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Sep 1, 2009 (Vol. 29, No. 15)

Using Metabolomics to Optimize Bioprocessing

Systems Biology Tool Strives to Help Scientists Increase Knowledge of Cellular Changes

  • Click Image To Enlarge +
    Figure 1. The central dogma of biology showing the flow of information from DNA to the phenotype. Associated with each stage is the corresponding systems biology tool.

    Cells can be grown in cultured media for a variety of scientific applications. One common use is the production of recombinant proteins in cell-based bioreactors. Determining the optimal growth conditions in order for these cells to achieve the highest product quantity and quality involves a complex series of experiments that modify the hundreds of components in the media, the feeding schedule, and a wide variety of other variables such as temperature and dissolved oxygen.

    New tools are emerging to better characterize cellular growth and production of recombinant proteins. These tools provide insight into the mechanisms involved in growth and production, as well as uncover biomarkers that can be used to monitor the key mechanisms involved. Given the complex nature of cells growing in a cultured environment, systems biology tools (Figure 1) are well-adapted for understanding cell growth on a comprehensive basis.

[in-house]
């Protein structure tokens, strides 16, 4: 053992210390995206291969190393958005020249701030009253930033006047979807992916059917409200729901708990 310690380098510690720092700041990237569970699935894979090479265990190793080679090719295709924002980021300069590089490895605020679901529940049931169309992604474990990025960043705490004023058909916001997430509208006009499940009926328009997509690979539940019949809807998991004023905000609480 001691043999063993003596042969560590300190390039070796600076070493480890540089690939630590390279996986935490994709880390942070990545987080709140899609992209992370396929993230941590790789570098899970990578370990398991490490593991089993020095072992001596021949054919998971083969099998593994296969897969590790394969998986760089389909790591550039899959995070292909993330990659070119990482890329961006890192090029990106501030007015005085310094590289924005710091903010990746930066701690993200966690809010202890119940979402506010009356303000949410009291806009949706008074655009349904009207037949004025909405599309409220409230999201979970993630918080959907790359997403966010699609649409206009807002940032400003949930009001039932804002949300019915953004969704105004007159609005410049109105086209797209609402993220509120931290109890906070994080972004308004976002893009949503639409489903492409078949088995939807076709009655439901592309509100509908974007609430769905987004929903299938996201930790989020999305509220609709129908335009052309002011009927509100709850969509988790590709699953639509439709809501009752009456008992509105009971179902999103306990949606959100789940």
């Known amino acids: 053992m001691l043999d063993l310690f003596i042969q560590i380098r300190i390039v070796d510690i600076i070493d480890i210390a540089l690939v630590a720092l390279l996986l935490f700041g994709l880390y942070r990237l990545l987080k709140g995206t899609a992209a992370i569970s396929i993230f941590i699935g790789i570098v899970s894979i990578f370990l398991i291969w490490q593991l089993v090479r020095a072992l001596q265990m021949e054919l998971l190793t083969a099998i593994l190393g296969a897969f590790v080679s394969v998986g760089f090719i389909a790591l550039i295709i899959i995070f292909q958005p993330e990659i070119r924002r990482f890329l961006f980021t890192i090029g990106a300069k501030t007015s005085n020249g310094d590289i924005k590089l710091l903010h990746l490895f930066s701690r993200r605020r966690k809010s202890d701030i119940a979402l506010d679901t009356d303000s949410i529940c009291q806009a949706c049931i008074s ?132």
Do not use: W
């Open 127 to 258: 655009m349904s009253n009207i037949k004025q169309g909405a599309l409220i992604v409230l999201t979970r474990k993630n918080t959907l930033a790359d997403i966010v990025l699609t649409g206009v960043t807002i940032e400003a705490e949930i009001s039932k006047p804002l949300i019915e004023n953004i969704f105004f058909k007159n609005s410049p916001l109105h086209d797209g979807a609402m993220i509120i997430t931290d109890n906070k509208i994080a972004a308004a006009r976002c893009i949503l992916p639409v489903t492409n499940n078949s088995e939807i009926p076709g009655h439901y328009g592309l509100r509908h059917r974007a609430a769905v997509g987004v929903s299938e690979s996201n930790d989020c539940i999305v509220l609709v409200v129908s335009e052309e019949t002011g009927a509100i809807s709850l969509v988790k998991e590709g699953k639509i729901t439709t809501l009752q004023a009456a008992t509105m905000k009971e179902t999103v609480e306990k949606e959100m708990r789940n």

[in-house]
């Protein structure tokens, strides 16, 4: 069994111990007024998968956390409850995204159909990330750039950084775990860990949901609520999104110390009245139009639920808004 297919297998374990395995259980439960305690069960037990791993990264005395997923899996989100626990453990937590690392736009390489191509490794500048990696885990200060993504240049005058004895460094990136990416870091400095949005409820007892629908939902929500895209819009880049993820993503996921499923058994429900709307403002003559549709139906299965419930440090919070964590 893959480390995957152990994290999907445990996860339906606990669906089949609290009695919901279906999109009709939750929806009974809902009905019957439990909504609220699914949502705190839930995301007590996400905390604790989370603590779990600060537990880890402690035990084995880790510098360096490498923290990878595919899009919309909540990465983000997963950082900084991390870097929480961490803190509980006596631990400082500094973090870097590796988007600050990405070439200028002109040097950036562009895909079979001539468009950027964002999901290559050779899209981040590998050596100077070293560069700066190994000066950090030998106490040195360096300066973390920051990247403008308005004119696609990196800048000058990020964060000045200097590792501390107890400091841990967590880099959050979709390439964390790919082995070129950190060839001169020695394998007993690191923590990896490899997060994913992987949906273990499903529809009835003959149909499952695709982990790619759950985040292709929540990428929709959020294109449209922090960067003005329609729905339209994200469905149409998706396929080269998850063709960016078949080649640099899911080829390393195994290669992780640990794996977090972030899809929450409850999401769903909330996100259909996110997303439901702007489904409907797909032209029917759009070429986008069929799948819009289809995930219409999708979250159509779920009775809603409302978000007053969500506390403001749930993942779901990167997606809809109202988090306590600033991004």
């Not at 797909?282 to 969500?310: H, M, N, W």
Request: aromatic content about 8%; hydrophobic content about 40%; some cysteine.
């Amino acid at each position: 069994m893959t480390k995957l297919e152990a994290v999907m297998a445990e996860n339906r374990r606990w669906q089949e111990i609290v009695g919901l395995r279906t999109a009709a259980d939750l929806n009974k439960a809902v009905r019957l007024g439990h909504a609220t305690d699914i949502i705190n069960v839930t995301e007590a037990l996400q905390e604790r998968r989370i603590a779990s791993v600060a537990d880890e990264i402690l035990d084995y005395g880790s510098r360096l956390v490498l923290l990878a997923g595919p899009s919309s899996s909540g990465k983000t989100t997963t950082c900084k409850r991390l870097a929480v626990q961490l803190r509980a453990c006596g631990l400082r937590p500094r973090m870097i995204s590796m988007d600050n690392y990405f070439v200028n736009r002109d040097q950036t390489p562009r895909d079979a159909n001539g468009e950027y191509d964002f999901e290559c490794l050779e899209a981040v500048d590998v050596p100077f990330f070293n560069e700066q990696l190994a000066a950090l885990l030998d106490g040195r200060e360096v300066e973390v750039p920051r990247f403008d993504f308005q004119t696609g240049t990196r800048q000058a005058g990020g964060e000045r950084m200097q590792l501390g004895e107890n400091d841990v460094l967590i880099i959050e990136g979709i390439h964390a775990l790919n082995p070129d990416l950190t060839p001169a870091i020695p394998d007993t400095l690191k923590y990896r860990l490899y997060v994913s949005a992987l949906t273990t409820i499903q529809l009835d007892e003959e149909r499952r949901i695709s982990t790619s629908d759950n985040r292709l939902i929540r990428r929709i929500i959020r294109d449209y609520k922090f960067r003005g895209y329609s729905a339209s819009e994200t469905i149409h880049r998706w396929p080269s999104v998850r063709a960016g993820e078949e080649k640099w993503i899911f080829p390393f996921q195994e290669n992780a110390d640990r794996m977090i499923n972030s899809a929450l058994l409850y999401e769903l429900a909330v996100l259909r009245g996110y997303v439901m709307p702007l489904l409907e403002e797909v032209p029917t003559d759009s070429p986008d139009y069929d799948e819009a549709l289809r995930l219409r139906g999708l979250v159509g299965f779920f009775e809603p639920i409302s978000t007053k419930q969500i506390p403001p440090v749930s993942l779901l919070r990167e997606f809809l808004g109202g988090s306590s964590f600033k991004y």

• Understanding Cellular Phenotype

    Metabolomics, a systems biology tool, is defined as the comprehensive profiling of all the biochemicals and metabolites in a biological sample. It is nonhypothesis driven so that no specific class of biochemicals or particular pathways is targeted. The majority of metabolomics studies are done using mass spectrometry, often coupled with another chromatographic method for better resolution of components. This analysis reveals changes in biochemicals and their associated pathways that are related to the experimental design, including drug, disease, diet, or environmental effects. Because these changes are closely related to the biological phenotype (Figure 1), a metabolomic analysis can provide insight into mechanism (e.g., drug toxicity) as well as markers related to the phenotype (e.g., diagnostic markers of disease).



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